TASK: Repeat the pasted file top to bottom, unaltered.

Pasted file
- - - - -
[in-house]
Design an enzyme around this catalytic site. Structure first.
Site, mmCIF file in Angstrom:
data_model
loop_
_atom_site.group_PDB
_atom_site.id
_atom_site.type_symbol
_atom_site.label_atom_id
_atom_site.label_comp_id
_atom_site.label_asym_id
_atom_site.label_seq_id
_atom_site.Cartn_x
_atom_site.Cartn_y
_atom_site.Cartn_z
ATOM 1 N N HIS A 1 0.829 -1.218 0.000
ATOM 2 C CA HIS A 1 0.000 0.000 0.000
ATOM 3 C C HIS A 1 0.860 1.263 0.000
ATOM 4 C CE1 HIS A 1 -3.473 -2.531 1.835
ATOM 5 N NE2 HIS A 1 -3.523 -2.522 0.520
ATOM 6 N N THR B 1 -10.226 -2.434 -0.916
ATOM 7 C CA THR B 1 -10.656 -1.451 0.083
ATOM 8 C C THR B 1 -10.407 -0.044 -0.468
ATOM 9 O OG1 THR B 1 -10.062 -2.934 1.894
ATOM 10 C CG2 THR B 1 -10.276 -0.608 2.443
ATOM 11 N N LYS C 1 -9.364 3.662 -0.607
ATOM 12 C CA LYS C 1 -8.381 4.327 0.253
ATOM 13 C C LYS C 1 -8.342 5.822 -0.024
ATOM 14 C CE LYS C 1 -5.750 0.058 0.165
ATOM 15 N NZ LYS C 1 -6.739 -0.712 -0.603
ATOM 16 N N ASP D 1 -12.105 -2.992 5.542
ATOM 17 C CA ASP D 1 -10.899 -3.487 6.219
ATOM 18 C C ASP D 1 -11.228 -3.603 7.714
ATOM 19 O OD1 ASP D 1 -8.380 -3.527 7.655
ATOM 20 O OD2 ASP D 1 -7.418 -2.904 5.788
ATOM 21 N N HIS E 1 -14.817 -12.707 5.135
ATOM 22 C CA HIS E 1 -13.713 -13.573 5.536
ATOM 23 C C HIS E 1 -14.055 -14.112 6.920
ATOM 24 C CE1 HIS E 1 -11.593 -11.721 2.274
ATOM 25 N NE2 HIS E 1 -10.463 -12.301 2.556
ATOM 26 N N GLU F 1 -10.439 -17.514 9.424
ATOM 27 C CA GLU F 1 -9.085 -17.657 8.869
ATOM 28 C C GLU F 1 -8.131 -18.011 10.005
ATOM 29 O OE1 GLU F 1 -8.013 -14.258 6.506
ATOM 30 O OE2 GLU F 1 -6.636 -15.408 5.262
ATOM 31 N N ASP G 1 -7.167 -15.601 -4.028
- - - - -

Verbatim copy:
[in-house]
Design an enzyme around this catalytic site. Structure first.
Site, mmCIF file in Angstrom:
data_model
loop_
_atom_site.group_PDB
_atom_site.id
_atom_site.type_symbol
_atom_site.label_atom_id
_atom_site.label_comp_id
_atom_site.label_asym_id
_atom_site.label_seq_id
_atom_site.Cartn_x
_atom_site.Cartn_y
_atom_site.Cartn_z
ATOM 1 N N HIS A 1 0.829 -1.218 0.000
ATOM 2 C CA HIS A 1 0.000 0.000 0.000
ATOM 3 C C HIS A 1 0.860 1.263 0.000
ATOM 4 C CE1 HIS A 1 -3.473 -2.531 1.835
ATOM 5 N NE2 HIS A 1 -3.523 -2.522 0.520
ATOM 6 N N THR B 1 -10.226 -2.434 -0.916
ATOM 7 C CA THR B 1 -10.656 -1.451 0.083
ATOM 8 C C THR B 1 -10.407 -0.044 -0.468
ATOM 9 O OG1 THR B 1 -10.062 -2.934 1.894
ATOM 10 C CG2 THR B 1 -10.276 -0.608 2.443
ATOM 11 N N LYS C 1 -9.364 3.662 -0.607
ATOM 12 C CA LYS C 1 -8.381 4.327 0.253
ATOM 13 C C LYS C 1 -8.342 5.822 -0.024
ATOM 14 C CE LYS C 1 -5.750 0.058 0.165
ATOM 15 N NZ LYS C 1 -6.739 -0.712 -0.603
ATOM 16 N N ASP D 1 -12.105 -2.992 5.542
ATOM 17 C CA ASP D 1 -10.899 -3.487 6.219
ATOM 18 C C ASP D 1 -11.228 -3.603 7.714
ATOM 19 O OD1 ASP D 1 -8.380 -3.527 7.655
ATOM 20 O OD2 ASP D 1 -7.418 -2.904 5.788
ATOM 21 N N HIS E 1 -14.817 -12.707 5.135
ATOM 22 C CA HIS E 1 -13.713 -13.573 5.536
ATOM 23 C C HIS E 1 -14.055 -14.112 6.920
ATOM 24 C CE1 HIS E 1 -11.593 -11.721 2.274
ATOM 25 N NE2 HIS E 1 -10.463 -12.301 2.556
ATOM 26 N N GLU F 1 -10.439 -17.514 9.424
ATOM 27 C CA GLU F 1 -9.085 -17.657 8.869
ATOM 28 C C GLU F 1 -8.131 -18.011 10.005
ATOM 29 O OE1 GLU F 1 -8.013 -14.258 6.506
ATOM 30 O OE2 GLU F 1 -6.636 -15.408 5.262
ATOM 31 N N ASP G 1 -7.167 -15.601 -4.028